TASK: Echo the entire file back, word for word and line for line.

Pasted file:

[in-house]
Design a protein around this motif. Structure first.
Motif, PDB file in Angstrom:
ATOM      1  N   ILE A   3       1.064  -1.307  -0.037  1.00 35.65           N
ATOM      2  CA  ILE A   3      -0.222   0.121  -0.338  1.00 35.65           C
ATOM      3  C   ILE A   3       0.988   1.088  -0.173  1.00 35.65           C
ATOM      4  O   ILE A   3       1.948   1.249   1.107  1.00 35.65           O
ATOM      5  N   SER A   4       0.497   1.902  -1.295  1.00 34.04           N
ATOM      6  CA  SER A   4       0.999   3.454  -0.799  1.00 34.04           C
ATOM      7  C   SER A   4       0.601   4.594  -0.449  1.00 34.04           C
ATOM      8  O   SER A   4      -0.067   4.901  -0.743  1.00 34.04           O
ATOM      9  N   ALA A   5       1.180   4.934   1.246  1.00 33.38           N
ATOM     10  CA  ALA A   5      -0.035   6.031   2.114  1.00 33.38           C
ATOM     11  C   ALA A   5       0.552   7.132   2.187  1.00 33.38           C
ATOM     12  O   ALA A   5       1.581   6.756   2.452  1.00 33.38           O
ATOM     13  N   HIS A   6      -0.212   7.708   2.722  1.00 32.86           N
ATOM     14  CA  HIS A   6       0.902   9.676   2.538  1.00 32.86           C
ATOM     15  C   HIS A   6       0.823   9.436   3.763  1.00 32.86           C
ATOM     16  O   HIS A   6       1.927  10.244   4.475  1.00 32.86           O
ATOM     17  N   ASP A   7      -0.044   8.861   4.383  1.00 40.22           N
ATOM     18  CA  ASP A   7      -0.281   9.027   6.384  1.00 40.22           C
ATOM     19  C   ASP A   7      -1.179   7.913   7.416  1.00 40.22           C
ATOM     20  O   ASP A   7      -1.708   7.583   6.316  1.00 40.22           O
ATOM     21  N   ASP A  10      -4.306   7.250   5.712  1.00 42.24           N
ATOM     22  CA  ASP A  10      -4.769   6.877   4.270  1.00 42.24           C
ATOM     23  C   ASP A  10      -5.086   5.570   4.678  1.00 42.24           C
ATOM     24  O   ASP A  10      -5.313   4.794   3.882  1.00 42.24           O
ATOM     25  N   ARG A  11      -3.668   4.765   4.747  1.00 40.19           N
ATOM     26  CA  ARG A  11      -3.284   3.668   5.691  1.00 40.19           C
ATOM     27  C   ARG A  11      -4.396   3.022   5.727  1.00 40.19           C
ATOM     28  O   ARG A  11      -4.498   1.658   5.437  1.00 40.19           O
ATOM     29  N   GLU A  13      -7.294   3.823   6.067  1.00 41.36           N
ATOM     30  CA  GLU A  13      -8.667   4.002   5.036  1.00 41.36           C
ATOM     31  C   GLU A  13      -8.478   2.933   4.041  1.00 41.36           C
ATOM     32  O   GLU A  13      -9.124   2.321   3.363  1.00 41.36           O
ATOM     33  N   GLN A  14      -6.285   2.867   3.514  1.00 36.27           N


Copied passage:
[in-house]
Design a protein around this motif. Structure first.
Motif, PDB file in Angstrom:
ATOM      1  N   ILE A   3       1.064  -1.307  -0.037  1.00 35.65           N
ATOM      2  CA  ILE A   3      -0.222   0.121  -0.338  1.00 35.65           C
ATOM      3  C   ILE A   3       0.988   1.088  -0.173  1.00 35.65           C
ATOM      4  O   ILE A   3       1.948   1.249   1.107  1.00 35.65           O
ATOM      5  N   SER A   4       0.497   1.902  -1.295  1.00 34.04           N
ATOM      6  CA  SER A   4       0.999   3.454  -0.799  1.00 34.04           C
ATOM      7  C   SER A   4       0.601   4.594  -0.449  1.00 34.04           C
ATOM      8  O   SER A   4      -0.067   4.901  -0.743  1.00 34.04           O
ATOM      9  N   ALA A   5       1.180   4.934   1.246  1.00 33.38           N
ATOM     10  CA  ALA A   5      -0.035   6.031   2.114  1.00 33.38           C
ATOM     11  C   ALA A   5       0.552   7.132   2.187  1.00 33.38           C
ATOM     12  O   ALA A   5       1.581   6.756   2.452  1.00 33.38           O
ATOM     13  N   HIS A   6      -0.212   7.708   2.722  1.00 32.86           N
ATOM     14  CA  HIS A   6       0.902   9.676   2.538  1.00 32.86           C
ATOM     15  C   HIS A   6       0.823   9.436   3.763  1.00 32.86           C
ATOM     16  O   HIS A   6       1.927  10.244   4.475  1.00 32.86           O
ATOM     17  N   ASP A   7      -0.044   8.861   4.383  1.00 40.22           N
ATOM     18  CA  ASP A   7      -0.281   9.027   6.384  1.00 40.22           C
ATOM     19  C   ASP A   7      -1.179   7.913   7.416  1.00 40.22           C
ATOM     20  O   ASP A   7      -1.708   7.583   6.316  1.00 40.22           O
ATOM     21  N   ASP A  10      -4.306   7.250   5.712  1.00 42.24           N
ATOM     22  CA  ASP A  10      -4.769   6.877   4.270  1.00 42.24           C
ATOM     23  C   ASP A  10      -5.086   5.570   4.678  1.00 42.24           C
ATOM     24  O   ASP A  10      -5.313   4.794   3.882  1.00 42.24           O
ATOM     25  N   ARG A  11      -3.668   4.765   4.747  1.00 40.19           N
ATOM     26  CA  ARG A  11      -3.284   3.668   5.691  1.00 40.19           C
ATOM     27  C   ARG A  11      -4.396   3.022   5.727  1.00 40.19           C
ATOM     28  O   ARG A  11      -4.498   1.658   5.437  1.00 40.19           O
ATOM     29  N   GLU A  13      -7.294   3.823   6.067  1.00 41.36           N
ATOM     30  CA  GLU A  13      -8.667   4.002   5.036  1.00 41.36           C
ATOM     31  C   GLU A  13      -8.478   2.933   4.041  1.00 41.36           C
ATOM     32  O   GLU A  13      -9.124   2.321   3.363  1.00 41.36           O
ATOM     33  N   GLN A  14      -6.285   2.867   3.514  1.00 36.27           N